The consumer is dead.

The consumer is dead

March 27, 2014

When online advertising first started, I would sometimes hear a word that sent shivers down my spine: “ConsumActor”. It still sets my teeth on edge to think about this darker time in the history of interactive communications. And yet, there’s nothing unusual about it. The purpose of marketing has always been to talk to consumers. The consumer, like the customer, is king.

In the connected world, a brand is defined by its interactions, and consequently, the consumer must play an additional role – that of “user”. In this context, the agency, as well as the advertiser, must rethink their respective roles as well.

This is why I now think about consumers in much the same way that designers think about the end users for their products. Obviously, this doesn’t mean throwing away everything we know about what makes a consumer. We still have to seduce, persuade, inspire and motivate them with varied media and communications initiatives.

What’s at issue is that it’s becoming increasingly more difficult to predict consumer behaviour because of how quickly new products and behaviours emerge. The ever-mounting complexity of this environment is also a challenge.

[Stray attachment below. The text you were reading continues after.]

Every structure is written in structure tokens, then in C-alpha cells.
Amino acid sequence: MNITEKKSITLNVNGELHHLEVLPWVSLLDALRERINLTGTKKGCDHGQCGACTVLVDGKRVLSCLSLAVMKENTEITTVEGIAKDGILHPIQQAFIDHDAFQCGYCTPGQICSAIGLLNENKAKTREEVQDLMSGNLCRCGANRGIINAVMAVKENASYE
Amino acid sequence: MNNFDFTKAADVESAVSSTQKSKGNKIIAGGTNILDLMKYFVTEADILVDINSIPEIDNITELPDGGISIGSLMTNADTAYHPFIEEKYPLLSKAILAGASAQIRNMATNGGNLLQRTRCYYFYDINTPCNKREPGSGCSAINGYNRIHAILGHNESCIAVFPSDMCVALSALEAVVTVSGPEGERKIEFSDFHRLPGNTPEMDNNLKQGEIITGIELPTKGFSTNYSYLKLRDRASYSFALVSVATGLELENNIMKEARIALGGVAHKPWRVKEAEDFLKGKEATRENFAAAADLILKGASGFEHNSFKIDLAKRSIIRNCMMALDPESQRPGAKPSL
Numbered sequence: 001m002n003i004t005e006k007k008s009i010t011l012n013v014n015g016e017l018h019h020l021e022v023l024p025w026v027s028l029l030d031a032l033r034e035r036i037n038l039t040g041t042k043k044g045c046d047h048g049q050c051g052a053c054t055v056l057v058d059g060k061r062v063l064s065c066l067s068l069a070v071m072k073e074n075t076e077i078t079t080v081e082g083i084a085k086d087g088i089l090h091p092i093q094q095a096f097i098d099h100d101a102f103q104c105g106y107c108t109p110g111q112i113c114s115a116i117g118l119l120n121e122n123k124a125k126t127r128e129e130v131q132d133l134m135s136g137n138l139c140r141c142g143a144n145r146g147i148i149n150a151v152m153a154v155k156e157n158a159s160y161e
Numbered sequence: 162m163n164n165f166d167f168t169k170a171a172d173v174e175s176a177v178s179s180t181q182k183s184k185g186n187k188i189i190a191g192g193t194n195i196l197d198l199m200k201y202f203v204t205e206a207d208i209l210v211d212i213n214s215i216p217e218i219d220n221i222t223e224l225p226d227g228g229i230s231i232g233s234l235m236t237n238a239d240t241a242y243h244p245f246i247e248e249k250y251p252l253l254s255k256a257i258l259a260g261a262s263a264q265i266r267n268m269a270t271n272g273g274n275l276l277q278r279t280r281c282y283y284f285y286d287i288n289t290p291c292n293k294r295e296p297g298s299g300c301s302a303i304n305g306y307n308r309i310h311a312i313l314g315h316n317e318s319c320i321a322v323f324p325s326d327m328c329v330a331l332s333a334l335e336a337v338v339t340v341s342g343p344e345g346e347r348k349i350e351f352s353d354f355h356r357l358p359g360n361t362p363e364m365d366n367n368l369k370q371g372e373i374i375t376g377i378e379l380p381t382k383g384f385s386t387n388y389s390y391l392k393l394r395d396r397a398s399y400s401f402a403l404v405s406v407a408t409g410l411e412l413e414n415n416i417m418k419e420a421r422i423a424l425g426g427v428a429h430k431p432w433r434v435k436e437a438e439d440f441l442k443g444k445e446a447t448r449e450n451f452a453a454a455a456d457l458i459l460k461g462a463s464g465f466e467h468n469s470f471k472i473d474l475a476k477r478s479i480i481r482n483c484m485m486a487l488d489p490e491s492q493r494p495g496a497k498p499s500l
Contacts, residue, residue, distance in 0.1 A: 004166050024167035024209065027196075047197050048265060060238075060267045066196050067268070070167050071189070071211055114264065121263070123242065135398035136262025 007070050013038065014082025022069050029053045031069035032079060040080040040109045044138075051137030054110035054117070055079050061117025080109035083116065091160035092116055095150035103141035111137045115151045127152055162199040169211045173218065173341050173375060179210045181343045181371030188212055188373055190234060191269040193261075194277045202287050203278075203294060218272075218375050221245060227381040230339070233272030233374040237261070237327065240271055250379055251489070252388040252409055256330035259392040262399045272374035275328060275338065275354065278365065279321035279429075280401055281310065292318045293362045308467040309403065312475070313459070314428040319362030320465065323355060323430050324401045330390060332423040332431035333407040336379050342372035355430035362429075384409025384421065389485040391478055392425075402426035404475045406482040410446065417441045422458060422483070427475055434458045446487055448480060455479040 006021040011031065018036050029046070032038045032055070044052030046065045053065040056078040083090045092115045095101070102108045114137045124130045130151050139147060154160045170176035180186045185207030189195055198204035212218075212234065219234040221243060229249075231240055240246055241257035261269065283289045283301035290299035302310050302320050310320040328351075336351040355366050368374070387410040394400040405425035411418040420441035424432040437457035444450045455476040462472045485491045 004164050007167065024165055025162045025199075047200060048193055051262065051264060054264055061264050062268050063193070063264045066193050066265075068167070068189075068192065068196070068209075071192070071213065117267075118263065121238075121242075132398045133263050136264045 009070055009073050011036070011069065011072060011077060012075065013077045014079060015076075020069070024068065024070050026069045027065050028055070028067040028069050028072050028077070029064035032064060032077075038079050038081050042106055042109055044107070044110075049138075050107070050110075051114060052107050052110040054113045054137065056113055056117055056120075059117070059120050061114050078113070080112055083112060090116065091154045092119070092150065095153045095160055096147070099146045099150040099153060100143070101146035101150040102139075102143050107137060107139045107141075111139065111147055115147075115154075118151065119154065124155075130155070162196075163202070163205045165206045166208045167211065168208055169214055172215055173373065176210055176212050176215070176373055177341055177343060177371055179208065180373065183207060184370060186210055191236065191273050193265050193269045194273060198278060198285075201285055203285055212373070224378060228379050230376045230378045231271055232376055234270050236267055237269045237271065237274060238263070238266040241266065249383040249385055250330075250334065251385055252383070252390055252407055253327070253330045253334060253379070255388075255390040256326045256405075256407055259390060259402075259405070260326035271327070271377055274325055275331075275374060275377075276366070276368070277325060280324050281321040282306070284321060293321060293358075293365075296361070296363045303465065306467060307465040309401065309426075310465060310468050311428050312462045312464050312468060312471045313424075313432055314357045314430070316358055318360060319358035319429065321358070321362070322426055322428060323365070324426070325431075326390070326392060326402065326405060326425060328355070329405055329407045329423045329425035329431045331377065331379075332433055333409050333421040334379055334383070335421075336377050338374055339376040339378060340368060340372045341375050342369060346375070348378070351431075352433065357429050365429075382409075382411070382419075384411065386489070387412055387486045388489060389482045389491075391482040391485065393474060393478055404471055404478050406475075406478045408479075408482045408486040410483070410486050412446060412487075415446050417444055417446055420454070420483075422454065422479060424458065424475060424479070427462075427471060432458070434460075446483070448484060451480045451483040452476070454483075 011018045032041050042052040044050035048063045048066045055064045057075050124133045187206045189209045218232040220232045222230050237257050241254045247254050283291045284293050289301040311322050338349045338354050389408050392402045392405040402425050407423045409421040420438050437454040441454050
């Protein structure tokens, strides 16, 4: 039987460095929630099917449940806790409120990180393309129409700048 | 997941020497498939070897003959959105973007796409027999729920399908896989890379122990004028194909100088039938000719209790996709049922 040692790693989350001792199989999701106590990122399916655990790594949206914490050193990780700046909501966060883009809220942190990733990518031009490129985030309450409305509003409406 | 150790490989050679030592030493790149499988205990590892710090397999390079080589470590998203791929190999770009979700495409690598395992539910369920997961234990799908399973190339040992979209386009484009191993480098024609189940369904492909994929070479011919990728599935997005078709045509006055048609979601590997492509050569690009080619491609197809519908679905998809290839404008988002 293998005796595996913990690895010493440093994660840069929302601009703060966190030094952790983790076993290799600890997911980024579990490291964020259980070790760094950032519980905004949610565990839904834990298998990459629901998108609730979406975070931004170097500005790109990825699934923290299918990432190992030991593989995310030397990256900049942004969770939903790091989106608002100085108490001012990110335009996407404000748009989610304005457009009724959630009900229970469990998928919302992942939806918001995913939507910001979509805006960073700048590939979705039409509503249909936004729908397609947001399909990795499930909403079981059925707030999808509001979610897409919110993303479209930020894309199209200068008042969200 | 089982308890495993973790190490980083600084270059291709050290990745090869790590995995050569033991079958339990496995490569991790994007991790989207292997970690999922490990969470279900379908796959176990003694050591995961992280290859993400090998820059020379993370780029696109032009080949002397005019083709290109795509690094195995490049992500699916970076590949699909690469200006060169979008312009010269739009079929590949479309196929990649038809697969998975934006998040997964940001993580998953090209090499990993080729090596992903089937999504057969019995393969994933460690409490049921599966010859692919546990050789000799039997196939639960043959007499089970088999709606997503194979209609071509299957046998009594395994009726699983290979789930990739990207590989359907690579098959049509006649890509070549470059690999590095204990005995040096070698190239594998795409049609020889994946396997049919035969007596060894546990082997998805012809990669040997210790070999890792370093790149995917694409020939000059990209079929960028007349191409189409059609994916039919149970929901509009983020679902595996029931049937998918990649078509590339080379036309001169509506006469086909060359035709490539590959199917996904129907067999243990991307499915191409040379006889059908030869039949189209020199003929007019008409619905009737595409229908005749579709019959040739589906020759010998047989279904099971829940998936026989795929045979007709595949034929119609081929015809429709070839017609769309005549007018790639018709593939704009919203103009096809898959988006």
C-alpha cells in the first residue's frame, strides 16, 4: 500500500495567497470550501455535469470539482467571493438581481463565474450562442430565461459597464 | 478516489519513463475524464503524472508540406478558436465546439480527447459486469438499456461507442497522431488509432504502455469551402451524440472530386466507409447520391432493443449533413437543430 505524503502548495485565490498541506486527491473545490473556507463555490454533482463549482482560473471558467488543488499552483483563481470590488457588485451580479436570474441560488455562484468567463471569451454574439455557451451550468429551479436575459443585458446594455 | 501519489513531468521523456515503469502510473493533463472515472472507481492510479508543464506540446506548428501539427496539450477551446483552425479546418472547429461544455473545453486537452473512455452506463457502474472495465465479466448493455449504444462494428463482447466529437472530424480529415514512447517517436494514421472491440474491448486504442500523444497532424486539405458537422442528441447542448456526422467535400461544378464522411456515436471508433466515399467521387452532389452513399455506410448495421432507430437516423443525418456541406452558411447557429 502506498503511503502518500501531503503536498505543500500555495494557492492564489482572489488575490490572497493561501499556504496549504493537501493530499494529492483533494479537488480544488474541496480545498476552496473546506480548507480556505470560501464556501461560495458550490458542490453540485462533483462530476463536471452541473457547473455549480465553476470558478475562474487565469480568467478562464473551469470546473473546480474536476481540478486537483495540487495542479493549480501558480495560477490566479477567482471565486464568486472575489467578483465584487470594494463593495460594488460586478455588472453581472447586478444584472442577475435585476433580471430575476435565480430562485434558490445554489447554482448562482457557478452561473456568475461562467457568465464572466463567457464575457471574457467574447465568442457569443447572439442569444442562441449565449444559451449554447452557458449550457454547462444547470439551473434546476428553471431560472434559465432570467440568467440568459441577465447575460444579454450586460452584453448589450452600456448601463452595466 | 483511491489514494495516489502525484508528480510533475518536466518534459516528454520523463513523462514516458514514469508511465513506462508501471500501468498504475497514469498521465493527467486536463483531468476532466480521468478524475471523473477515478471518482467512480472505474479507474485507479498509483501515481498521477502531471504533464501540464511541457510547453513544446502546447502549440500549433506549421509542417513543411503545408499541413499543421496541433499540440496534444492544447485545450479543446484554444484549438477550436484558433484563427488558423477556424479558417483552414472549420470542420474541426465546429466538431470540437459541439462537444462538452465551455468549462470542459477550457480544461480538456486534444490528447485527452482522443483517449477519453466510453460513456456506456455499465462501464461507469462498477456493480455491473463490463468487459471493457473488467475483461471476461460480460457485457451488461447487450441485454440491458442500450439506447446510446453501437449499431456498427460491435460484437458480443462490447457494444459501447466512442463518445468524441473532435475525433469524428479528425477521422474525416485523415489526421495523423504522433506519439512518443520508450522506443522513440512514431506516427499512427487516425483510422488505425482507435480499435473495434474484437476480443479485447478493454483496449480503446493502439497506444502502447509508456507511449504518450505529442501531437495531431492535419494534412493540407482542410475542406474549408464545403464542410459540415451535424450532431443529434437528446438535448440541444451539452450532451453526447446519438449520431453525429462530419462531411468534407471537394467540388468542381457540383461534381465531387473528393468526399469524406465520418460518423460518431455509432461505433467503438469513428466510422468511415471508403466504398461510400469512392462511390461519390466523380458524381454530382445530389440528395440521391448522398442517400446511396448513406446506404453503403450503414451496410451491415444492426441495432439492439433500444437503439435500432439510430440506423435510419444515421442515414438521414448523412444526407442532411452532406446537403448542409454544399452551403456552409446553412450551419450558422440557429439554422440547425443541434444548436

How to stay relevant in such a context? In a world where brands are more defined by what they do (and compel others to do) rather than what they say? It’s crucial for brands to capitalize on every opportunity for interaction and to start thinking in terms of user experience.

How? Here are some general guidelines:

  • Do you conduct marketing research? Then allot some budget for user research. You’ll be surprised to discover what your users are actually doing behind their screens.
  • Do you have strategists on your team? Hire interaction designers. Even better, put them in a room with your strategists to reflect on strategies for creating a consistent brand experience.
  • Does your brand just talk? Consider how you can get your brand to act and what you can do to inspire your users to act. Above all, don’t just populate an interactive space. You’ll just be adding to the so-called “digital landfill”.
  • Do you communicate about your products and services? Get your products and services talking for you. Better yet, create interactive services that increase the real value of your brand. Look at what Nike’s done.

Times are changing. Agencies are now working with a broader range of communications, design, development and interactive talents. Users, whether or not they also play the consumer role, will always be at the heart of everything we do. Just remember… Even while the agency is now required to assimilate the two roles of consumer and user, the user still does not recognize the difference between a product and marketing communications.

Long live the user!